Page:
It is important to make sure the Integrated Baseline Review (IBR) does not devolve into a business management only meeting. If that happens you run the risk of the review being too focused on the processes or not keeping the focus on the real objectives of the IBR. To make sure this does not happen you need to make sure the right people from both sides of the table are engaged in the IBR process and engaged early.
The table below has the different roles and responsibilities for both the customer team and the contractor team:
The Program Manager and their key support staff (Deputy PM’s, PAPM, Contracts lead) from both the customer and contractor teams need to be at the IBR. It seems obvious, but if they do not understand that the IBR is more than an Earned Value review they could consider it something less valuable and not attend. From the customer side it is important that the PM set the tone for the IBR. That is that it is not an audit, they are not there to beat up the contractor, they are there to learn and help drive the quality of the PMB. This role can go a long way in setting the right tone for the IBR up front. On the contractor side, the PM typically will kick off the meeting and deliver the program overview.
The Project Management Office (PMO) and business management support from both the customer and contractor sides will have played a big role in preparing their respective teams for the IBR meeting. During the actual IBR meeting, their role will be less in focus, but they still play key roles. From the customer side, the PMO support will take the lead on asking questions about the processes and data quality. These topics typically span the entire program versus individual control accounts so they are the logical owner of those questions.
On the contractor side, the PMO, project controls and business managers will typically deliver the process overviews and may even brief the meeting on the overall program performance numbers (if it hasn’t been done by the PM). Key though is that these folks from the contractor side should not replace the CAMs during the interviews. They can support the Control Account Managers (CAMs) during the process (help navigate the schedule to look at particular area, answer process rationale questions, etc.) but they should not be the people answering the questions. For example, if a CAM is asked to describe the process for updating their Estimate At Complete (EAC) the CAM needs to be able to answer that. If the PMO team has to answer, it is a sign that the processes are not being used to manage the program.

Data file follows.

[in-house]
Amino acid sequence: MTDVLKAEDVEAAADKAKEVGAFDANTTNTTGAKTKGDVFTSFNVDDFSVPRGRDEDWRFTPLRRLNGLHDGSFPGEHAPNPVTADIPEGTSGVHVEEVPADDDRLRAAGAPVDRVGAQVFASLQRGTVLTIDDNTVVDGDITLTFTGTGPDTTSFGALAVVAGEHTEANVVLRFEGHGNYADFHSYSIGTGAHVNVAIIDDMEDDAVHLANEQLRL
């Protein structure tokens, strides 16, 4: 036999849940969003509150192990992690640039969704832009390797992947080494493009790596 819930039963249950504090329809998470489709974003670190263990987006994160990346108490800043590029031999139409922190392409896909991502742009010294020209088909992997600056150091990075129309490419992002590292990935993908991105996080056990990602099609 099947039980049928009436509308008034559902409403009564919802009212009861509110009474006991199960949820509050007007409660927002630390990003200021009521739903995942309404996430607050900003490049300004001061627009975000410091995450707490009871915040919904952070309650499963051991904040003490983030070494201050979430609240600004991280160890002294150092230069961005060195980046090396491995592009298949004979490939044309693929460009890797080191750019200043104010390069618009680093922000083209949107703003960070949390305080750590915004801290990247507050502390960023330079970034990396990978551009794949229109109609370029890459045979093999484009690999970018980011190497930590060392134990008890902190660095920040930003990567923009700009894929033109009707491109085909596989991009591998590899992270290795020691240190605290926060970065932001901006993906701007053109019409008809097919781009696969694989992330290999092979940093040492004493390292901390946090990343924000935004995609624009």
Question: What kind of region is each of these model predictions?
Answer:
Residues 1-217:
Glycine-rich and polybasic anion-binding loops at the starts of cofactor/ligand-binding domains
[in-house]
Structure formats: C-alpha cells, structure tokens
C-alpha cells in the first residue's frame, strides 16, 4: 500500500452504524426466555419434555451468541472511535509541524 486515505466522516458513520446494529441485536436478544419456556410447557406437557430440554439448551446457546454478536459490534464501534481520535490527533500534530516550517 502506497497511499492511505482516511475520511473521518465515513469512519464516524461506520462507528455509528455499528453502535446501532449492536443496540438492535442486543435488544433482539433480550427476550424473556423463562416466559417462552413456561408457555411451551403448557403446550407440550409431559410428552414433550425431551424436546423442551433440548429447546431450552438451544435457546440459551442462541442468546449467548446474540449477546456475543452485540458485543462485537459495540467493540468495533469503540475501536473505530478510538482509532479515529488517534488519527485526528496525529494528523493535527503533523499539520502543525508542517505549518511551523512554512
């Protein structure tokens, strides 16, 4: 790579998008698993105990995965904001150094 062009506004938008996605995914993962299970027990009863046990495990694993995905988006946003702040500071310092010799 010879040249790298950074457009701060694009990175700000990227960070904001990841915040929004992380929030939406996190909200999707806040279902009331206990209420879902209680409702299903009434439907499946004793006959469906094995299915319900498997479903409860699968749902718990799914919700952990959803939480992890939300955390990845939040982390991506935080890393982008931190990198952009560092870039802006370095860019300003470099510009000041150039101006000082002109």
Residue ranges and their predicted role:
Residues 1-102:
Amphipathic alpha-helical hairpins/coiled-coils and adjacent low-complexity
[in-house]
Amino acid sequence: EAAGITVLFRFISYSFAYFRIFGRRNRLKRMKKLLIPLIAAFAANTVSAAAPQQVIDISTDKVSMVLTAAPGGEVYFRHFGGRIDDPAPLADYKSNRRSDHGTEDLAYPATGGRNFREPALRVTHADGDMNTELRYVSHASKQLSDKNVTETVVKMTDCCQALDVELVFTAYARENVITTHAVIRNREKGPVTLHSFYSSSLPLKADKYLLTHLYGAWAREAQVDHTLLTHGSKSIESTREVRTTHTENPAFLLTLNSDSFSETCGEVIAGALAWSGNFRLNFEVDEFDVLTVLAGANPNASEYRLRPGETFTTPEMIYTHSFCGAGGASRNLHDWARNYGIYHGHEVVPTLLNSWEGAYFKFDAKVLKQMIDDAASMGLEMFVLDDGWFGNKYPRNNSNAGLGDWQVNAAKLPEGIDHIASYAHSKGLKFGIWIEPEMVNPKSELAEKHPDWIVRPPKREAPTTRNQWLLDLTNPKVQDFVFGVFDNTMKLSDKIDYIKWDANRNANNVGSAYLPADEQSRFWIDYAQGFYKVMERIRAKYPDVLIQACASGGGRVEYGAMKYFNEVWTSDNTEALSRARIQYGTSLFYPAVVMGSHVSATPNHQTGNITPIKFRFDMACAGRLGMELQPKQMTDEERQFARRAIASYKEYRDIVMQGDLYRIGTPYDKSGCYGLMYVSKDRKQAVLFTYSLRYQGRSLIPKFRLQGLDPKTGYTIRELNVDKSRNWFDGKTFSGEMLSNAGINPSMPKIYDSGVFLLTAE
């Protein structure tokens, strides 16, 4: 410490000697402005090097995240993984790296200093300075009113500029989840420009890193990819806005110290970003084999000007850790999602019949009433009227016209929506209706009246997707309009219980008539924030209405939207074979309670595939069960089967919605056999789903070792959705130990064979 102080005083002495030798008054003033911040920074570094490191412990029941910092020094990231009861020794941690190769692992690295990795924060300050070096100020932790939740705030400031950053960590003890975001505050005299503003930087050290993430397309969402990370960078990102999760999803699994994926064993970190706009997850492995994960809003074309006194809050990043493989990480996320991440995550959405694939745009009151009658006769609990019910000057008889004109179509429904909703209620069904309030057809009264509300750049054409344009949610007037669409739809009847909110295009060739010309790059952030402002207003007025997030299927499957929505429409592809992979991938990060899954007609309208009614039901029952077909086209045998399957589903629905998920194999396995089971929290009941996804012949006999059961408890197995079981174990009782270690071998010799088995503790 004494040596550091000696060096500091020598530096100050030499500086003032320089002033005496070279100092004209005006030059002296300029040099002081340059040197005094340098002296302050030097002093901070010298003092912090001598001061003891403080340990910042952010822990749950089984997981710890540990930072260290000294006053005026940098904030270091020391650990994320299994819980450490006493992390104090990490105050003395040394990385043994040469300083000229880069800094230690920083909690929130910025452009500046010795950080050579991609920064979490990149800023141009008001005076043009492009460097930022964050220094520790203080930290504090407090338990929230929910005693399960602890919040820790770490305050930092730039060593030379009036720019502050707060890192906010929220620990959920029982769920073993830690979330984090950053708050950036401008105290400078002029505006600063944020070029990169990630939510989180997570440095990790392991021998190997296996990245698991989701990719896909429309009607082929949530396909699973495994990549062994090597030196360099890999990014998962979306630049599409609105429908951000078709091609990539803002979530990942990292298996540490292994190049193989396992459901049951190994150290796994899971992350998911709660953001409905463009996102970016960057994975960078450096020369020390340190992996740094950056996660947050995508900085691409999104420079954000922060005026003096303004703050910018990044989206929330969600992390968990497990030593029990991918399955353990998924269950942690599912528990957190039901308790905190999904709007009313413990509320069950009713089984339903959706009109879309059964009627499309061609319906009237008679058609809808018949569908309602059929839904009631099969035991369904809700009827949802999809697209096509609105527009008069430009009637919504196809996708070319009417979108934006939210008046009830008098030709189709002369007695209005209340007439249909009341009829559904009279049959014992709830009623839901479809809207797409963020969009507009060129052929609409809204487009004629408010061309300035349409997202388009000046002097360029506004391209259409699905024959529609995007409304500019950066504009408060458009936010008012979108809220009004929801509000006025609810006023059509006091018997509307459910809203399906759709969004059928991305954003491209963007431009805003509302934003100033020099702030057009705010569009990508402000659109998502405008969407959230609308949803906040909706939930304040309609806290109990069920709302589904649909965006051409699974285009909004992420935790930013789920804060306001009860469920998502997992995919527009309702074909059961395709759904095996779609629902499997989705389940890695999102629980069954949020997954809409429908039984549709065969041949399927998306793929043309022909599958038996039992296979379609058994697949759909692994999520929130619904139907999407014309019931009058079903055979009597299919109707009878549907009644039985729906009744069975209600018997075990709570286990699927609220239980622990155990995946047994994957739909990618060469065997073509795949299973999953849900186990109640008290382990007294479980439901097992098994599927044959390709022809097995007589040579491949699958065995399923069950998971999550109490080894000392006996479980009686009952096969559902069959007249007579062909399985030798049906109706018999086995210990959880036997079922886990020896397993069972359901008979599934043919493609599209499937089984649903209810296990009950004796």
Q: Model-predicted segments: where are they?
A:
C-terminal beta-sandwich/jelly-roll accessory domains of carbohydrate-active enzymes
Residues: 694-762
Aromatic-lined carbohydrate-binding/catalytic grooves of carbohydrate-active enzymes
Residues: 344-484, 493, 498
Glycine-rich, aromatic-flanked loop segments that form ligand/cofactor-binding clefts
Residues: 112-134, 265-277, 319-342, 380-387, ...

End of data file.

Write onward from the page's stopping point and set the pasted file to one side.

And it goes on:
The technical leads from the customer and the CAMs from the contractor will be the primary participants during the IBR. The customer’s leads need to have done their homework coming into the meeting and should have a deep understanding of the data related to the control accounts that affect them. They should ask the questions to help clarify the technical scope associated with the different control accounts and what assumptions were used in planning. The technical leads will be actively involved in identifying risks and opportunities. Conversely, the CAM from the contractor will be providing the overview and details of the control accounts for which they are responsible, demonstrate knowledge and use of the business processes in place, demonstrate an understanding of the cost, schedule and scope considerations for their control accounts and discuss any assumptions and risks.
Finally, it is a good idea to designate someone to facilitate the IBR. This person may fill another one of the roles mentioned above but if the review is large, it may require someone who is not filling another role. The facilitator keeps the meeting on track and the focus on the key objectives of the review. It is easy to go off on tangents when diving down the rabbit hole of the technical scope covered by a control account. Having someone a bit removed from that conversation can do wonders for keeping the review on track by knowing when enough is enough.
Bottom line is all of these roles need to be involved for a successful IBR and they need to be engaged early and often in the process. They should all be active participants in the review as well. The review will have a lot more value if the ownership can be shared across multiple folks instead of just assuming the earned value or project controls lead will cover everything.
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